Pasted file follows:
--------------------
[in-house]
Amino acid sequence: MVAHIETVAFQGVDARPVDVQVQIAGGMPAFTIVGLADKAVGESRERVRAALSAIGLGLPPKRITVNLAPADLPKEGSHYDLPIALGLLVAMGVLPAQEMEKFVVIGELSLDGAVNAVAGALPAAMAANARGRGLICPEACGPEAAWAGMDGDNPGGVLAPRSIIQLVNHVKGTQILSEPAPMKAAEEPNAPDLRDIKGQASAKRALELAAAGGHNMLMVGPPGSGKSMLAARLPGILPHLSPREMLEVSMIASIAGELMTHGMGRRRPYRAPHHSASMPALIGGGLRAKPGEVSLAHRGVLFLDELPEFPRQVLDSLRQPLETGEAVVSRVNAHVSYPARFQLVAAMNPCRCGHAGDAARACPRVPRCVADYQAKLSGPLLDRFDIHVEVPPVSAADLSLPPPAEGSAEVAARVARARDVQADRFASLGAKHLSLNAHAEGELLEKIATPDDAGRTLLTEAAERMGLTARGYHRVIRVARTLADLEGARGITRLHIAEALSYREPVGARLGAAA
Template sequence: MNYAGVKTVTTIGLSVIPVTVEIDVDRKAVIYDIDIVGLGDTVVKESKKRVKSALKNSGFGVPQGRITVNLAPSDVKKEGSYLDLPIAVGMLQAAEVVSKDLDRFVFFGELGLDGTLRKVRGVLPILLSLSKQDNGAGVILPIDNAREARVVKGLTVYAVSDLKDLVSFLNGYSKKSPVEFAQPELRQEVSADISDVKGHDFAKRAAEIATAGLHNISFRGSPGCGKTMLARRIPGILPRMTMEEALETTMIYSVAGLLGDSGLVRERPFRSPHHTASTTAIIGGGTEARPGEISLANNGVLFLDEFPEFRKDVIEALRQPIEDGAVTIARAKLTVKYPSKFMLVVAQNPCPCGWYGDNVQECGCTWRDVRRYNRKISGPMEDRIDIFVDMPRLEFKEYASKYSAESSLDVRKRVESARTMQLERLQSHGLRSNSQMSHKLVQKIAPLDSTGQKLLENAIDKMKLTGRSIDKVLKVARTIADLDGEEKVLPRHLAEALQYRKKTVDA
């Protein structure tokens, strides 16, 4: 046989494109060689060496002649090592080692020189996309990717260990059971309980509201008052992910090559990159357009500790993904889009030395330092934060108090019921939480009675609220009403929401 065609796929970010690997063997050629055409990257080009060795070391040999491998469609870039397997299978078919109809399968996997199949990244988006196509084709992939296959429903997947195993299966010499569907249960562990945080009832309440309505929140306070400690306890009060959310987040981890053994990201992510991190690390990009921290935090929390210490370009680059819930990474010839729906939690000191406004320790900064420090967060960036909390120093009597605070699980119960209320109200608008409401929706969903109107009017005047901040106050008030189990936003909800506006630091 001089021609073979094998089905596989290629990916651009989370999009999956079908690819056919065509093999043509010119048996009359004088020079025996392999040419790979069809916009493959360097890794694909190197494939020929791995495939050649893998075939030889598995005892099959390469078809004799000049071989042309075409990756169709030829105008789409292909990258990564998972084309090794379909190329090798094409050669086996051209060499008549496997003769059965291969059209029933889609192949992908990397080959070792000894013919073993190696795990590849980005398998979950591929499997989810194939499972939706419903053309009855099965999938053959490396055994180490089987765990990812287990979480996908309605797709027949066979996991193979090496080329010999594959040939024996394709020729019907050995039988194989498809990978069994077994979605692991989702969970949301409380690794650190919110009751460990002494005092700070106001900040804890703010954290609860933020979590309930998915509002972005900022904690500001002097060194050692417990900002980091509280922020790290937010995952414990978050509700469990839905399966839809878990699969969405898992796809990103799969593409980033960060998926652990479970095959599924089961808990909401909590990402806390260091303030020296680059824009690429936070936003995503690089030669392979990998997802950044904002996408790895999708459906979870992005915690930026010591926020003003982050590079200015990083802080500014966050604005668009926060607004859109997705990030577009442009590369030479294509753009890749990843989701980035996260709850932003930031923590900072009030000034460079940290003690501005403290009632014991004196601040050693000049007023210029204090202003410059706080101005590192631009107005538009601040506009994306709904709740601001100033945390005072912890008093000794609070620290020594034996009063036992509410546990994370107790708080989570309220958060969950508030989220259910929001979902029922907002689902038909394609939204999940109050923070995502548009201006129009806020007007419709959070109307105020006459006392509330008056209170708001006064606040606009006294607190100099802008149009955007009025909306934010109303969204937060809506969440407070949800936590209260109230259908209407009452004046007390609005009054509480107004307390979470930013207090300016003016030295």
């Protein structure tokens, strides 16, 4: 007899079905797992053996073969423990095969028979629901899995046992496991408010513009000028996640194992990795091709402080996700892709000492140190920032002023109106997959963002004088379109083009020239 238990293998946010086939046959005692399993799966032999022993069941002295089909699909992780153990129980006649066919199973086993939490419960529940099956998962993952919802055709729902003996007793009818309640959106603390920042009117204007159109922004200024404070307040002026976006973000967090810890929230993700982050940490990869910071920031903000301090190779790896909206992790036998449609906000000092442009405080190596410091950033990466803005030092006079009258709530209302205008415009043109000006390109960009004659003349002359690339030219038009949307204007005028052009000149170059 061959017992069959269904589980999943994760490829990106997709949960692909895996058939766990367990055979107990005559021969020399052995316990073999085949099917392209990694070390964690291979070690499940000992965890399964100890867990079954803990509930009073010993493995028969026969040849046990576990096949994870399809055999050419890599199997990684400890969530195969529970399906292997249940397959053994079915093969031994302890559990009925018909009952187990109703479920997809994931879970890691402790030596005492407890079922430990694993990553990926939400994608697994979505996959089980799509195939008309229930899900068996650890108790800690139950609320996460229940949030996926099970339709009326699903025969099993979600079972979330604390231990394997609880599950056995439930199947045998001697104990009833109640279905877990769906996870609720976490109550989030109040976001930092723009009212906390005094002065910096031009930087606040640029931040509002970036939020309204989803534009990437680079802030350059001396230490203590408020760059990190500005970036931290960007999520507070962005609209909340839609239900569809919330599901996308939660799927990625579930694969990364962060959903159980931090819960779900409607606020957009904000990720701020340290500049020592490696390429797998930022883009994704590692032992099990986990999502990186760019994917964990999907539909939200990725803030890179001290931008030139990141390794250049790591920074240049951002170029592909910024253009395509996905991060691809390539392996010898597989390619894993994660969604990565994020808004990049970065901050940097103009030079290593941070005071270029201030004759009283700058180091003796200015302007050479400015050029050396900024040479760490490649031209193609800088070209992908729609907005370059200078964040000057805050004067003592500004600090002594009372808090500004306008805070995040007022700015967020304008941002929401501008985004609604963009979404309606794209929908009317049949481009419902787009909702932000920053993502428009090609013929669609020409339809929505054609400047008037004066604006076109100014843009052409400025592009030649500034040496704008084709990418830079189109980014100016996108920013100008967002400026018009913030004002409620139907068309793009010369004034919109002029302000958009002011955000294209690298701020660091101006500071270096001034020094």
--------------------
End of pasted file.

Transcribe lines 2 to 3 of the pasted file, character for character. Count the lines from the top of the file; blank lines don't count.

Amino acid sequence: MVAHIETVAFQGVDARPVDVQVQIAGGMPAFTIVGLADKAVGESRERVRAALSAIGLGLPPKRITVNLAPADLPKEGSHYDLPIALGLLVAMGVLPAQEMEKFVVIGELSLDGAVNAVAGALPAAMAANARGRGLICPEACGPEAAWAGMDGDNPGGVLAPRSIIQLVNHVKGTQILSEPAPMKAAEEPNAPDLRDIKGQASAKRALELAAAGGHNMLMVGPPGSGKSMLAARLPGILPHLSPREMLEVSMIASIAGELMTHGMGRRRPYRAPHHSASMPALIGGGLRAKPGEVSLAHRGVLFLDELPEFPRQVLDSLRQPLETGEAVVSRVNAHVSYPARFQLVAAMNPCRCGHAGDAARACPRVPRCVADYQAKLSGPLLDRFDIHVEVPPVSAADLSLPPPAEGSAEVAARVARARDVQADRFASLGAKHLSLNAHAEGELLEKIATPDDAGRTLLTEAAERMGLTARGYHRVIRVARTLADLEGARGITRLHIAEALSYREPVGARLGAAA
Template sequence: MNYAGVKTVTTIGLSVIPVTVEIDVDRKAVIYDIDIVGLGDTVVKESKKRVKSALKNSGFGVPQGRITVNLAPSDVKKEGSYLDLPIAVGMLQAAEVVSKDLDRFVFFGELGLDGTLRKVRGVLPILLSLSKQDNGAGVILPIDNAREARVVKGLTVYAVSDLKDLVSFLNGYSKKSPVEFAQPELRQEVSADISDVKGHDFAKRAAEIATAGLHNISFRGSPGCGKTMLARRIPGILPRMTMEEALETTMIYSVAGLLGDSGLVRERPFRSPHHTASTTAIIGGGTEARPGEISLANNGVLFLDEFPEFRKDVIEALRQPIEDGAVTIARAKLTVKYPSKFMLVVAQNPCPCGWYGDNVQECGCTWRDVRRYNRKISGPMEDRIDIFVDMPRLEFKEYASKYSAESSLDVRKRVESARTMQLERLQSHGLRSNSQMSHKLVQKIAPLDSTGQKLLENAIDKMKLTGRSIDKVLKVARTIADLDGEEKVLPRHLAEALQYRKKTVDA